Beginner: Listen to English Short Stories

The more you expose yourself to English, the better off you’ll be.

As a beginner, it’s an excellent idea to start out by listening to short stories in English, such as fairy tales and children’s stories. You’ll not only get a sense of how people talk, but also learn about sentence construction and presentation.

And, these will come in handy when you’re introducing yourself, sharing an anecdote (story) or narrating an incident to your friends and co-workers.

Storynory and Agendaweb have some great resources to start out with!

Intermediate: Try Popular Podcasts While You’re Traveling

Once you’ve familiarized yourself with English, you might want to make listening to it a daily habit. You can easily do this by listening to podcasts.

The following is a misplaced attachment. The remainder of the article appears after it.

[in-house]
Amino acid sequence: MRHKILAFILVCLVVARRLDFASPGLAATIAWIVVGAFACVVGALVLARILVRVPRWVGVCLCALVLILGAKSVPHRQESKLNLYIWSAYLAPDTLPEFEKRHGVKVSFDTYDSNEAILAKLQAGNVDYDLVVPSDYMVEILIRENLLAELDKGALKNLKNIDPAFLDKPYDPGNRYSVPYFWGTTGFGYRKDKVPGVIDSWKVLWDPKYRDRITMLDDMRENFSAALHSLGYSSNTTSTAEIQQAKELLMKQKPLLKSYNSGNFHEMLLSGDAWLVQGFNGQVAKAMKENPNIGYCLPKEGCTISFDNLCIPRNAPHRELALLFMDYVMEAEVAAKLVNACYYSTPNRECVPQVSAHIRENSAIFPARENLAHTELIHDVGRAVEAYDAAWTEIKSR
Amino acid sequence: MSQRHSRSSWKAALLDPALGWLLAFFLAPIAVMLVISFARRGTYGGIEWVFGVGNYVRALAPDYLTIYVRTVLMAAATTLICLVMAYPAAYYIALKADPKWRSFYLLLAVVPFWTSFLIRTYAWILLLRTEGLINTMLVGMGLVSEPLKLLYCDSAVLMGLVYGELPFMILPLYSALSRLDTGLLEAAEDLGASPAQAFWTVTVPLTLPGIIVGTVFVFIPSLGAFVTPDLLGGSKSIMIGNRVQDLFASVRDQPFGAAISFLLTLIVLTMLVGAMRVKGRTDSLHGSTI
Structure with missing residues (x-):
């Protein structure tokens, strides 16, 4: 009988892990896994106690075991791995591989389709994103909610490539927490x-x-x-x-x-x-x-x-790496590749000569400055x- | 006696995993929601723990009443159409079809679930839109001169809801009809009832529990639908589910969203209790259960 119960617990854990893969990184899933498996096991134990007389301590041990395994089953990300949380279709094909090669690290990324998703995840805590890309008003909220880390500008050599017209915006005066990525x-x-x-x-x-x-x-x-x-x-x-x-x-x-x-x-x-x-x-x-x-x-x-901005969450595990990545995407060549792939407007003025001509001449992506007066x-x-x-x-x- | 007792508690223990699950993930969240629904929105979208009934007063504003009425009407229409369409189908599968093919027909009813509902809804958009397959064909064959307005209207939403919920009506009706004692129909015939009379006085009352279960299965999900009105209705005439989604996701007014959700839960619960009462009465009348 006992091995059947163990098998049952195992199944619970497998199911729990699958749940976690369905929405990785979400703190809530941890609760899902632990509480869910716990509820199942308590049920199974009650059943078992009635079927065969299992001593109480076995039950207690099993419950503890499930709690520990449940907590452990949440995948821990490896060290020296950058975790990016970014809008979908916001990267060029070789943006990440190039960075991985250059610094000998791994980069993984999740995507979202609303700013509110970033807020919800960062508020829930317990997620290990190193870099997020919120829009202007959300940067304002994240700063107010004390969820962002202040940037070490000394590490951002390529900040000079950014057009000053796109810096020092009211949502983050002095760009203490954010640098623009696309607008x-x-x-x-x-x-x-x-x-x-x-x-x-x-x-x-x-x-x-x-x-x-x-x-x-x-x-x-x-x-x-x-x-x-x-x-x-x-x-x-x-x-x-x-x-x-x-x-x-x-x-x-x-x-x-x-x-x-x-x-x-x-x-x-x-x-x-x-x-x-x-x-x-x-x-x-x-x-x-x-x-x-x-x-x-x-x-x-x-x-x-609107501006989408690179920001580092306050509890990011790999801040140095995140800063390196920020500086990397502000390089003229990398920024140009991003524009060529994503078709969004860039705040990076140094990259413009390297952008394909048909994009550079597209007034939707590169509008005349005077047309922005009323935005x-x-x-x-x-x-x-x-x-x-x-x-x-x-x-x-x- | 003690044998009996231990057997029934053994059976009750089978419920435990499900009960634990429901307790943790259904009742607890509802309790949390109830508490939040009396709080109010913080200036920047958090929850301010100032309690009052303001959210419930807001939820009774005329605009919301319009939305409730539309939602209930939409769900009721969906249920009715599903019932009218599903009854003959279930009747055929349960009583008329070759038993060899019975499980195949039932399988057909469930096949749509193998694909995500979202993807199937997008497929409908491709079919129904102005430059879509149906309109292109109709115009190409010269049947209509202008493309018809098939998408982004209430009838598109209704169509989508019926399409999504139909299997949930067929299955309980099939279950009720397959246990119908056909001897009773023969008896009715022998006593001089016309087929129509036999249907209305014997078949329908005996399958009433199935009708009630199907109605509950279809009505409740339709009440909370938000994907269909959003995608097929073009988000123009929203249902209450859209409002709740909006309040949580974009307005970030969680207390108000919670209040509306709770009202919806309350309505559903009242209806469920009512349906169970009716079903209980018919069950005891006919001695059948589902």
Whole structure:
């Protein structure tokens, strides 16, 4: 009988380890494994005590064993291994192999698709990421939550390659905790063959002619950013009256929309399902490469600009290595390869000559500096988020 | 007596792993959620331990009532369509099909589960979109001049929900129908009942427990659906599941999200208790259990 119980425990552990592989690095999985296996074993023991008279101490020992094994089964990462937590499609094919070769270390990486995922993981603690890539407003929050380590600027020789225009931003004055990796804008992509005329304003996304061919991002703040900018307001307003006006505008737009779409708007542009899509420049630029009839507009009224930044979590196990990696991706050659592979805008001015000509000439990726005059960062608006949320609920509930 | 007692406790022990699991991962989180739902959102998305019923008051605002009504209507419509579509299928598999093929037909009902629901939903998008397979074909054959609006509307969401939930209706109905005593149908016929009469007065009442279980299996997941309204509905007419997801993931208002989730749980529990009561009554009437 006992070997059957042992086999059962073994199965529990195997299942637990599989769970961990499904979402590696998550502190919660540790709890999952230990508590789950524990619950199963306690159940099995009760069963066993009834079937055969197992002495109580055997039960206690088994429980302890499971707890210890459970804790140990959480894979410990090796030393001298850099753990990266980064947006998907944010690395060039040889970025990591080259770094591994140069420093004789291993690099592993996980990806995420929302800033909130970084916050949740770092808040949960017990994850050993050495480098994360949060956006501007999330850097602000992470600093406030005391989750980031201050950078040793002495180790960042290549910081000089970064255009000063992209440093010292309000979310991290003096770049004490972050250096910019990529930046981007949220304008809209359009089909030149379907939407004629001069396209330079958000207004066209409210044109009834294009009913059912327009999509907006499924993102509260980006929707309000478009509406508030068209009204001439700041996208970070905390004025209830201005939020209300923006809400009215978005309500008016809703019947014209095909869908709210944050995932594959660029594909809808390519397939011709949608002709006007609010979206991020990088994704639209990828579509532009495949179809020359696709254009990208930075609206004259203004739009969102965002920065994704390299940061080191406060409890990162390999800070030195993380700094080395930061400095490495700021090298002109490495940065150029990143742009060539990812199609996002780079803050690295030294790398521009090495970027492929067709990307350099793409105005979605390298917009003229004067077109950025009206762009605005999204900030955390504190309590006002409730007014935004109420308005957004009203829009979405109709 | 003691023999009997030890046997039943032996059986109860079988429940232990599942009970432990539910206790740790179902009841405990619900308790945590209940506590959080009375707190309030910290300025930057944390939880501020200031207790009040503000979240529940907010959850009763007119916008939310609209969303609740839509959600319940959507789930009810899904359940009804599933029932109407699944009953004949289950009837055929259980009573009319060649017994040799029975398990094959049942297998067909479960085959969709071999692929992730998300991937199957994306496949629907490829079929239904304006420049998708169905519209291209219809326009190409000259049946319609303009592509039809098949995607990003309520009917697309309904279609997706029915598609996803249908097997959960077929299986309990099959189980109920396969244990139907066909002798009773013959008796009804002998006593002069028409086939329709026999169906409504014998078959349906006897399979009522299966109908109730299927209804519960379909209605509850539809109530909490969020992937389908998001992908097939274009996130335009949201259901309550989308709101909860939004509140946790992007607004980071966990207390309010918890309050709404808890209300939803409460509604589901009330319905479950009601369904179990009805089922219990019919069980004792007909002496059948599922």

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There are thousands of podcasts out there, and you can subscribe to them based on your interests. Plus, you can try out podcasts that are only 15-20 minutes long and spend the time when you’re traveling to work listening to them.

You can check out “Lore”—a personal favorite of mine—where the narrator discusses the historical details behind a particular folktale or superstition. It’s pretty grisly (scary/gruesome), entertaining and informative, and it’s the perfect tool to make language learning fun.

Advanced: Try Novels in the Form of Audiobooks

Once you’re confident that your listening skills are pretty good and you’ve amassed quite a large vocabulary, you can try listening to entire English novels.


This will train you to pay attention to long narratives, understand how different characters and storylines interact and teach you a lot about how English works and how people use it.